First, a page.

For design companies managing the assets of visually rich applications during design can be challenging. This is especially true with collocated teams across multiple clients. How do you effectively manage all of these assets, new projects, and potential projects?
The Connect project started out as a question:
This question resulted in discussions, mind-maps, and eventually drawings on paper of potential solutions. Solutions ranged from using existing cloud based solutions to standing up new systems. Ultimately the driving force was the need to integrate several pieces of functionality, which while they existed independently did not exist in a single system. This system would need to run on any cloud based infrastructure or internally, and would need to be fast, easy to use, and easy to administer.
Architecturally the resulting system was best described as web portal, consisting of the standard three components: Front-end for presenting information to the user, a Mid-tier for processing information, and a Database for persistently storing information. The front-end was Ext JS because of its rich catalog of available components, along with well established community and history of success. The Mid-tier was Java-Spring because of its enterprise scalability, ease of use, and established best practices. For the Database we used MySQL as a lightweight and low cost solution for relational persistent storage, and MongoDb as a NoSQL solution for storing documents and images.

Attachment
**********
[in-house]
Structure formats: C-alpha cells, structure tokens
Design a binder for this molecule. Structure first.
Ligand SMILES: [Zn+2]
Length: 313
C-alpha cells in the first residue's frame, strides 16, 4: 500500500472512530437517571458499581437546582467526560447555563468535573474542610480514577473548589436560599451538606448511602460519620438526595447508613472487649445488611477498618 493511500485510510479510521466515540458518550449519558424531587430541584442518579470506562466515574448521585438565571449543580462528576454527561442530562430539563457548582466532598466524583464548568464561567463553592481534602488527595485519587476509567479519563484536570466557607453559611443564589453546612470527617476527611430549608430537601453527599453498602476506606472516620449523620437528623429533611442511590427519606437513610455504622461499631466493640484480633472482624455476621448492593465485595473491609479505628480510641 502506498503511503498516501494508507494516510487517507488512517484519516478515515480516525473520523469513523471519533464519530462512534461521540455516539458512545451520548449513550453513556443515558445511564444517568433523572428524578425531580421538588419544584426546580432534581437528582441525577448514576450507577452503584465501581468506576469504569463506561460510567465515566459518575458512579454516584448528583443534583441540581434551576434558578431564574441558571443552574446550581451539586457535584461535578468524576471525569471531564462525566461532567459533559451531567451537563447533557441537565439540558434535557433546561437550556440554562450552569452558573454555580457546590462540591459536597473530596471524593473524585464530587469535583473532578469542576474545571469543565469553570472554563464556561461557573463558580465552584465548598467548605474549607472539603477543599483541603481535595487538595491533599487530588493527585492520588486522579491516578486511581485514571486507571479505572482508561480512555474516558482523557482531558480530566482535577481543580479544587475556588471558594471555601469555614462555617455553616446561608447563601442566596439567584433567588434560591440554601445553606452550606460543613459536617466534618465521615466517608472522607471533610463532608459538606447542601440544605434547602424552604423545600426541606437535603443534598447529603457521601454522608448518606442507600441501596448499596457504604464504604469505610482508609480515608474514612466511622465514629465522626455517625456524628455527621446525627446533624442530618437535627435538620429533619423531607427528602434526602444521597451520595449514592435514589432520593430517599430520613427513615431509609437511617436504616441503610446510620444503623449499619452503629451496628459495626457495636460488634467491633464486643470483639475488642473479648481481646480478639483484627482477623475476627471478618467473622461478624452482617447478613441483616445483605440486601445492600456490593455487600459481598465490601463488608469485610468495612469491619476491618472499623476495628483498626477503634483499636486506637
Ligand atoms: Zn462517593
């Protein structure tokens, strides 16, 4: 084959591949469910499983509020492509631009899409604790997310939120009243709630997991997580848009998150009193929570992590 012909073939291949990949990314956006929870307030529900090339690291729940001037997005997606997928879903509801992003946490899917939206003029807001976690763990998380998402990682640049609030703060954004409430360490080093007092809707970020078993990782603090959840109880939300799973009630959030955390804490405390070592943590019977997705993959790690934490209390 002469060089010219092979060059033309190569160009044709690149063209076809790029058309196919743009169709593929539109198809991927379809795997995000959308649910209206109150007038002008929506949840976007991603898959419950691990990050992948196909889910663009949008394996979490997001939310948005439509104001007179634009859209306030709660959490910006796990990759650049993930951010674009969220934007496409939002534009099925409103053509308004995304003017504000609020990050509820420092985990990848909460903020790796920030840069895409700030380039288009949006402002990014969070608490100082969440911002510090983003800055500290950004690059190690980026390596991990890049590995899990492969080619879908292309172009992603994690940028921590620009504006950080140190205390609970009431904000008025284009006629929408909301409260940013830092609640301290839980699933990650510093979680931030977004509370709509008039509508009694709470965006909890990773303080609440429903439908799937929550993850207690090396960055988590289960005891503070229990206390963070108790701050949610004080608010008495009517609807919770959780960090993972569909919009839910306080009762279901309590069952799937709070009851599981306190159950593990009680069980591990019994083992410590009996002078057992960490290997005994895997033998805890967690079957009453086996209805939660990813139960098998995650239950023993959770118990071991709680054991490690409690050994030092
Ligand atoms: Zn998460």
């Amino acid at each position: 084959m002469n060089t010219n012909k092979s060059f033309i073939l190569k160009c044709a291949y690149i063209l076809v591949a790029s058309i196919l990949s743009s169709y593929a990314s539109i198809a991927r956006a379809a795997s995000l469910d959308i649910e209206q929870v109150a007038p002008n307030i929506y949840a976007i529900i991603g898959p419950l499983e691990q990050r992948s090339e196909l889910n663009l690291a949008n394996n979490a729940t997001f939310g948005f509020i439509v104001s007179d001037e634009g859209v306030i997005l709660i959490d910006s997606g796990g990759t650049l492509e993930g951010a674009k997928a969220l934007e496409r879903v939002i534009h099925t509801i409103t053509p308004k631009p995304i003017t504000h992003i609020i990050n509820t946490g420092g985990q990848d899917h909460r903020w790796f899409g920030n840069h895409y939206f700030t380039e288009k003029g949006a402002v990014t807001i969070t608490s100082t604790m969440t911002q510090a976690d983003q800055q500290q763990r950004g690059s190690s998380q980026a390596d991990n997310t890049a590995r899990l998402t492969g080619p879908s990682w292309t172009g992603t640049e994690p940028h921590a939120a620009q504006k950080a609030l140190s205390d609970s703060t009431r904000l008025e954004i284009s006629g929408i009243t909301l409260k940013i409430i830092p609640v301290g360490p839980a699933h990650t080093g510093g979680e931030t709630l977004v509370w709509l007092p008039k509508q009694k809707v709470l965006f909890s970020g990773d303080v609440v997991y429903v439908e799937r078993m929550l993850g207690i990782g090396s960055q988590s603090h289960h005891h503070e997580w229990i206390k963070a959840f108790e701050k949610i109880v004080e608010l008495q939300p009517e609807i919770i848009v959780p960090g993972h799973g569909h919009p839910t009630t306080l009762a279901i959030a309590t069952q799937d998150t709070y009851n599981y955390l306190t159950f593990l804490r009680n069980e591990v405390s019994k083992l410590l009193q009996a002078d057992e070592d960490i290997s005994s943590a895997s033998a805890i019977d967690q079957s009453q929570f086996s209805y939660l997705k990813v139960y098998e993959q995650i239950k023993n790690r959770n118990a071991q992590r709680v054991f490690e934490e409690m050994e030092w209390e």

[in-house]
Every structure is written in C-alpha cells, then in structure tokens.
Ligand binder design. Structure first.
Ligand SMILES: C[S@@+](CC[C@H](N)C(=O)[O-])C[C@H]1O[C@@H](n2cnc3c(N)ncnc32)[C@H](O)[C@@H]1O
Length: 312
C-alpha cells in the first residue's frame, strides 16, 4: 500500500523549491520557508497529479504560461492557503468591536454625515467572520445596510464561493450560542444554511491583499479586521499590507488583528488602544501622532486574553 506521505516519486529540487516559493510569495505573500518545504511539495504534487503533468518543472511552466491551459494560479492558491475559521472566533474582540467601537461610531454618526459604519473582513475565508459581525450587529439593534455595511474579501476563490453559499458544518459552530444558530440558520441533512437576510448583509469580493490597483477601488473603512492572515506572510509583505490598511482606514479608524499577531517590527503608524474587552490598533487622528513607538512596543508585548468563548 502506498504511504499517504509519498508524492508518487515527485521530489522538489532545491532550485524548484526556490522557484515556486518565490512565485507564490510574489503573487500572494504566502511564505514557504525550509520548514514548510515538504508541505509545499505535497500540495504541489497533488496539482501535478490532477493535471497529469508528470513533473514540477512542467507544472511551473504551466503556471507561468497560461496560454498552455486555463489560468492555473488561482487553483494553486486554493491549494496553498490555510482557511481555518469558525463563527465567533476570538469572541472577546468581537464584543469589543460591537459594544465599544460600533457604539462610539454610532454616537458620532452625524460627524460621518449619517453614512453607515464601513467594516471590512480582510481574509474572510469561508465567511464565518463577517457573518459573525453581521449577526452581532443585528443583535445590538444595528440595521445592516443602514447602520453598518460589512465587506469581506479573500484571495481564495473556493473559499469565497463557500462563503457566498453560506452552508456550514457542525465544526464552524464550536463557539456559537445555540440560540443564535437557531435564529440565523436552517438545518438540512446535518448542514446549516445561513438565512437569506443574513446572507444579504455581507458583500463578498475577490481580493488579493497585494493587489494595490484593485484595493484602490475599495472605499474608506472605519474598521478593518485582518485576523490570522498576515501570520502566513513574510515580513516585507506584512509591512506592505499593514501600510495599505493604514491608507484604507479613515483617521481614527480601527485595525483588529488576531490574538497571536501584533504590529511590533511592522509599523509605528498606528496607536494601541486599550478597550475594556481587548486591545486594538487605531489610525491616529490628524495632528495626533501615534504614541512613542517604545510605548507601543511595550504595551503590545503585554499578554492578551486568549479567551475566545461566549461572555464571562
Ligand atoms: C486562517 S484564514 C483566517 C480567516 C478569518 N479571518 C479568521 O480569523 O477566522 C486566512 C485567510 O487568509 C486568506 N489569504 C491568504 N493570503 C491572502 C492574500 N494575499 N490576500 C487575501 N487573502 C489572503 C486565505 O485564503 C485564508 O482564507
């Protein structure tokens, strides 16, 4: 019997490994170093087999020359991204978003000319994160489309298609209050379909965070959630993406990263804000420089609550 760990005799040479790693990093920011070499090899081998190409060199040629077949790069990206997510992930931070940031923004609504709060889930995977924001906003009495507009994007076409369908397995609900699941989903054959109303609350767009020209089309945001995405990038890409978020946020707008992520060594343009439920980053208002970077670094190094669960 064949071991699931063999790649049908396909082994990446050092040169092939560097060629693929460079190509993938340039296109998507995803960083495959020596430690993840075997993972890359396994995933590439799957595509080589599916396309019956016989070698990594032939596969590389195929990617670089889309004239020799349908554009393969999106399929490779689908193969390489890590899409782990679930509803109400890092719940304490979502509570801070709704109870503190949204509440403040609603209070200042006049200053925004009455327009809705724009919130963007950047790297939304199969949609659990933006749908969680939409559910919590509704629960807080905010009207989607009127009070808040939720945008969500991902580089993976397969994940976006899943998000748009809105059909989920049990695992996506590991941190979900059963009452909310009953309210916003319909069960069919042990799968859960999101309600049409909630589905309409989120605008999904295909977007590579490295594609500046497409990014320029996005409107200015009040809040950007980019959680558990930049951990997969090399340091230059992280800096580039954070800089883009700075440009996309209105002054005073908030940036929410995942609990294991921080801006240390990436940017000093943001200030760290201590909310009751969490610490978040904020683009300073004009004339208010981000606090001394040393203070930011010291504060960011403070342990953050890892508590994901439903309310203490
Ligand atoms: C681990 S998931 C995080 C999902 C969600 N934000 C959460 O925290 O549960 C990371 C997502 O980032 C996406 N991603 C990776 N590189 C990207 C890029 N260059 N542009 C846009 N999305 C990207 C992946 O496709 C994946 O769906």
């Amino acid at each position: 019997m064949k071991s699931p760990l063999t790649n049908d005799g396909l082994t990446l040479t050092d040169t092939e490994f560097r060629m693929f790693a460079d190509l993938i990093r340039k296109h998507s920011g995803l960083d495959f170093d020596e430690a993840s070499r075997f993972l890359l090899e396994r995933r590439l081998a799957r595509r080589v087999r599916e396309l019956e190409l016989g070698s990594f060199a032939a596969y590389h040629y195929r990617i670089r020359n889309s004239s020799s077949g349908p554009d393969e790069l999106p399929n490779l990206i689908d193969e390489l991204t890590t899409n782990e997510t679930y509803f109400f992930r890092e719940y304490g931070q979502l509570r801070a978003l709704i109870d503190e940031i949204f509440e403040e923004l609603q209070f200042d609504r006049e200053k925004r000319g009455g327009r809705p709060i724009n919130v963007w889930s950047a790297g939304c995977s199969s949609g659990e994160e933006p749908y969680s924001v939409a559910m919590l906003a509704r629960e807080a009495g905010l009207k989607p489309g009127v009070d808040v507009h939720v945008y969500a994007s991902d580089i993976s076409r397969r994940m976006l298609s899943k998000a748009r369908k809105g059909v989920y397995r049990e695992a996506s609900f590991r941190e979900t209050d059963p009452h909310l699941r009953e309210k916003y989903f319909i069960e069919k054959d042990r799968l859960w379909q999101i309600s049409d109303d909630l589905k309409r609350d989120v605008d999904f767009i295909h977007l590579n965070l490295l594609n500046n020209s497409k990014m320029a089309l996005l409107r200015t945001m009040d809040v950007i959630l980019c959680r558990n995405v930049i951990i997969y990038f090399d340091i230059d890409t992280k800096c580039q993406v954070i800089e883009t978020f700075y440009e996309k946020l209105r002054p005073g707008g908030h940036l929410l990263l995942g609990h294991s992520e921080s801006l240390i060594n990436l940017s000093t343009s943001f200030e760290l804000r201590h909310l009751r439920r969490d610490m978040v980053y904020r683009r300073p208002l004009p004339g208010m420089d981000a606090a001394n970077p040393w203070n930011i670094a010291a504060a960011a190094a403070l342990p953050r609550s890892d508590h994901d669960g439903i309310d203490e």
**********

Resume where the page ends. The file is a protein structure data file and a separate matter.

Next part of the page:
An existing continuous integration and continuous delivery framework and infrastructure allowed us to quickly standup and run the initial project, and then start building the system component by component and task by task. Work was categorized by overall screen, which focused on functionality from the enduser perspective. As each screen came online, quality assurance would be immediately involved. Tasks, defects, and new feature were all tracked in a single system, and were generally prioritized weekly by a combination of developers, testers, and the business. The goal was to meet initial deliverable deadlines, which required moving work in and out of the different targets in the release schedule according to priority.
Through continuous integration, every change resulted in unit testing, integration, and acceptance testing. Unit testing would verify code at the function level, integration testing would verify server-side functionality from the endpoint level, and acceptance testing would verify system behavior from a user perspective by executing automated tests in the web browser via HTML5 Robot. This allowed us to continually change the overall system while being assured that we were not breaking existing functionality, and the the front-end remained working in all supported web browsers. This level of stability also gave us enough confidence to be able to automatically deploy the system to the quality assurance, user acceptance testing, and production environments, sometimes multiple times per day.